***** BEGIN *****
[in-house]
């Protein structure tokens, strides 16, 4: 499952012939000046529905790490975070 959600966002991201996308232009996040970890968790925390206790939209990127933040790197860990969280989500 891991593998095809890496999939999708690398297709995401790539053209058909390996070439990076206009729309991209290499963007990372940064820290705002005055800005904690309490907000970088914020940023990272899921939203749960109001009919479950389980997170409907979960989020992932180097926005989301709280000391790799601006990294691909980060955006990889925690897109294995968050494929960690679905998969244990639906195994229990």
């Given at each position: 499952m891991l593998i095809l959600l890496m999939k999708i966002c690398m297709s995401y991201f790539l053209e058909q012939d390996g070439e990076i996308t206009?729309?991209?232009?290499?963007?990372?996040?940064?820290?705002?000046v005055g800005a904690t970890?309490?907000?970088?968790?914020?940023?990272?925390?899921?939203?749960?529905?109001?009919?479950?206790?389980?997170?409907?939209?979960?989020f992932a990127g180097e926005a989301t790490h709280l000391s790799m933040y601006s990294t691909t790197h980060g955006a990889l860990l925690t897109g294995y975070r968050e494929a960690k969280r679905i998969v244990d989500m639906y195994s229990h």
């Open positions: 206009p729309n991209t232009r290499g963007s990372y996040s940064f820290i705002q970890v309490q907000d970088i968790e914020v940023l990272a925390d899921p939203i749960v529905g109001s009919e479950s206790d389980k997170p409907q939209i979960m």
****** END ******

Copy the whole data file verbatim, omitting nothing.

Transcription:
[in-house]
């Protein structure tokens, strides 16, 4: 499952012939000046529905790490975070 959600966002991201996308232009996040970890968790925390206790939209990127933040790197860990969280989500 891991593998095809890496999939999708690398297709995401790539053209058909390996070439990076206009729309991209290499963007990372940064820290705002005055800005904690309490907000970088914020940023990272899921939203749960109001009919479950389980997170409907979960989020992932180097926005989301709280000391790799601006990294691909980060955006990889925690897109294995968050494929960690679905998969244990639906195994229990």
């Given at each position: 499952m891991l593998i095809l959600l890496m999939k999708i966002c690398m297709s995401y991201f790539l053209e058909q012939d390996g070439e990076i996308t206009?729309?991209?232009?290499?963007?990372?996040?940064?820290?705002?000046v005055g800005a904690t970890?309490?907000?970088?968790?914020?940023?990272?925390?899921?939203?749960?529905?109001?009919?479950?206790?389980?997170?409907?939209?979960?989020f992932a990127g180097e926005a989301t790490h709280l000391s790799m933040y601006s990294t691909t790197h980060g955006a990889l860990l925690t897109g294995y975070r968050e494929a960690k969280r679905i998969v244990d989500m639906y195994s229990h």
């Open positions: 206009p729309n991209t232009r290499g963007s990372y996040s940064f820290i705002q970890v309490q907000d970088i968790e914020v940023l990272a925390d899921p939203i749960v529905g109001s009919e479950s206790d389980k997170p409907q939209i979960m």